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Hippie Dictionary: A Cultural Encyclopedia…
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Hippie Dictionary: A Cultural Encyclopedia of the 1960s and 1970s

by John Bassett McCleary

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Nothing Mind Blowing at first glance.

It covers everything from the Age of Aquarius to Zen, and a whole lot more besides!
This is perhaps my main criticism. The Hippie Dictionary doesn't really know where to stop. It is way too flabby.

Airhead, Angel Dust, and terms like 'a thing for' although still widely used today do have their roots in the Head culture itself.
But, Activist, Addiction and Anarchist are simply common words which have as much relevance to the 60s and 70s as they did a hundred years before.
There are also entries for A Hard Day's Night (1964 Beatles movie), Ali, Muhammad (World heavyweight boxer), and Allah (God in Islam).
And that's just the A's!

What John Bassett McCleary has done is to fish with a trawler net rather than selectively with a rod and line, and for that I think the book has been watered down a lot, which is a shame.

I would have been happier with a more concise pocket book just containing slang words from the period like Groovy, Heavy, Far Out, and Deep. And, the many street names for drugs of the time like: Bogart, Catnip, Roach, Hookah, Mary Jane (marijuana) etc.

Another sticking point for me was range creep. I appreciate that one era does not always end just as another begins, but entries for Break Dancing, and Boogaloo seem very out of context in a book dedicated to the 'Hippie culture'. Just another example of the flabby nature of this book.

While we are on the subject, under the entry:
"Boom Box: a large portable radio or tape player. The boom represents the loud sound it makes as some teenager carries it through your neighbourhood. A.k.a. Ghetto blaster or ghetto box."
In an attempt to avoid offending his readers, I feel the author is ignoring (possibly trying to forget) the institutional racist language of the times. But as far as most people of the time were concerned these devices were more often referred to, with no hatred or racism, as a 'wogbox'. Many parents casually went shopping at Dixons or Radio Shack asking to see a 'Wogbox' for their children, believing it to be some form of trademark. I don't recall hearing the word 'Boombox' till the mid nineties.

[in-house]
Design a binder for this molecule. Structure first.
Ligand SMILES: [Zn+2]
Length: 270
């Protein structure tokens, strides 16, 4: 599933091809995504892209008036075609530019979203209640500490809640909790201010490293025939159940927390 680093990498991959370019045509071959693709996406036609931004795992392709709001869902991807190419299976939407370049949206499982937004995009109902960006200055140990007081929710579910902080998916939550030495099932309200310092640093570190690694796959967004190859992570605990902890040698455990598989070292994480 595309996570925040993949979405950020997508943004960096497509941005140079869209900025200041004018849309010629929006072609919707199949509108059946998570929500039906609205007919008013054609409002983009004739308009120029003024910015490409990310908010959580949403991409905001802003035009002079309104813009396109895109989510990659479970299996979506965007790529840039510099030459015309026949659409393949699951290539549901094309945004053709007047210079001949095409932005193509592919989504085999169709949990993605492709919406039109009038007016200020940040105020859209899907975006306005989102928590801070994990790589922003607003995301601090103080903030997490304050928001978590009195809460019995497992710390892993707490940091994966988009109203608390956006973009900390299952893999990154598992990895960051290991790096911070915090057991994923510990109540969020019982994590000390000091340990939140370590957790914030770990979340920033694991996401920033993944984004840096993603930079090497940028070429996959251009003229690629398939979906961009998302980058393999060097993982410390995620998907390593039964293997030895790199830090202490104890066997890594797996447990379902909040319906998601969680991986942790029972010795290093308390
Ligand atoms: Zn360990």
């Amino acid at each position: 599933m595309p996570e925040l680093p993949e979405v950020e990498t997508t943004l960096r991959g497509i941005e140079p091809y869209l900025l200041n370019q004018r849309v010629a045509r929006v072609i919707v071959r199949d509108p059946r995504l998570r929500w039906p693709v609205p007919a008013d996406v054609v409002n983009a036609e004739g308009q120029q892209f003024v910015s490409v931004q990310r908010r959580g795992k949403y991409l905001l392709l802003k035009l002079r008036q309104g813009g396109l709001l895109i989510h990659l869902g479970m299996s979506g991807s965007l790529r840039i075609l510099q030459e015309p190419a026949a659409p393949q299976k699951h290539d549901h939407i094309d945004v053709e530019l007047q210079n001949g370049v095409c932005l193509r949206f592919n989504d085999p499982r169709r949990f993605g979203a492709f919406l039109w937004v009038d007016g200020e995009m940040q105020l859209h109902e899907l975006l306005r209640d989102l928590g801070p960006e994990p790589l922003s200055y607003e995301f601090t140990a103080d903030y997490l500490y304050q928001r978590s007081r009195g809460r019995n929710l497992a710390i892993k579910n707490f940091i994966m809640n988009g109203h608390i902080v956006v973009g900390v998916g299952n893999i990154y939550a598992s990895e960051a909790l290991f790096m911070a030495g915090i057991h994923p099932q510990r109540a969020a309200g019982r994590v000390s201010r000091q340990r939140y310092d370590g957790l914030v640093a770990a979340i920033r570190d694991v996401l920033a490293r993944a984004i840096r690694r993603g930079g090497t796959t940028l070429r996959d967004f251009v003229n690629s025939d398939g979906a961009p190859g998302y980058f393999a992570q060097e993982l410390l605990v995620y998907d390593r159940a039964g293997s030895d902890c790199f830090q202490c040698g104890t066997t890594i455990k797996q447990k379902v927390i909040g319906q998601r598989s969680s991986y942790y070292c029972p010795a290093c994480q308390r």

I'm not condoning it, but that's the true social history. You can't omit the uncomfortable bits in writing a historical document just because they displease you. Or rather I don't think you should.

Don't get me wrong, I Think this book is *okay and would probably have bought it anyway. But if it had been sold as an encyclopædia rather than a dictionary I would have had a clearer idea of what to expect.

The back pages of the book are populated with lists of human rights and free-speech movement groups, underground magazines (although Frendz, International Times, and even Oz are all absent from the list!), popular recreational drugs, and the history of computing (up to the Apple II) to name a few.

This may just be a British thing but an entry for the English actor, comedian, novelist and playwright Nigel Planer would not have been out if place in this book. Perhaps not in the main dictionary, but at the back in a list of Fictional Hippies in popular culture, along with Mr. Van Driessen - Beavis & Butt-Head's High School teacher.
Nigel George Planer (born 22 February 1953) is best known for his role as Neil the Hippie in the early 80s cult BBC comedy The Young Ones. He also recorded a chart topping cover single of 'Hole in my shoe' and the spoof Neil's Heavy Concept Album.

*I've just checked and there is no entry for the word okay or okey, O.K., okeydoke, or A-OK! Once again, it may just be a British association that with the influx of American culture at the time we all assumed 'okay' to be a counterculture word (previously everyone here used 'alright'.) otherwise this seems like a huge omission, much like Edmund Blackadder, in the episode Ink and Incapability - for leaving out the word Aardvark while rewriting Dr. Johnson's dictionary. ;o ( )
1 vote Sylak | Aug 28, 2015 |
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In memory of my mother, Pauline Meeks McCleary, and my mother-in-law, Frances Wheeler wjeffers, two bohemian spirits.
"I learned how to spell respect from Aretha Franklin and encyclopedia from Mickey Mouse."
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This is the Revised and Expanded Edition. Do not combine with the original.
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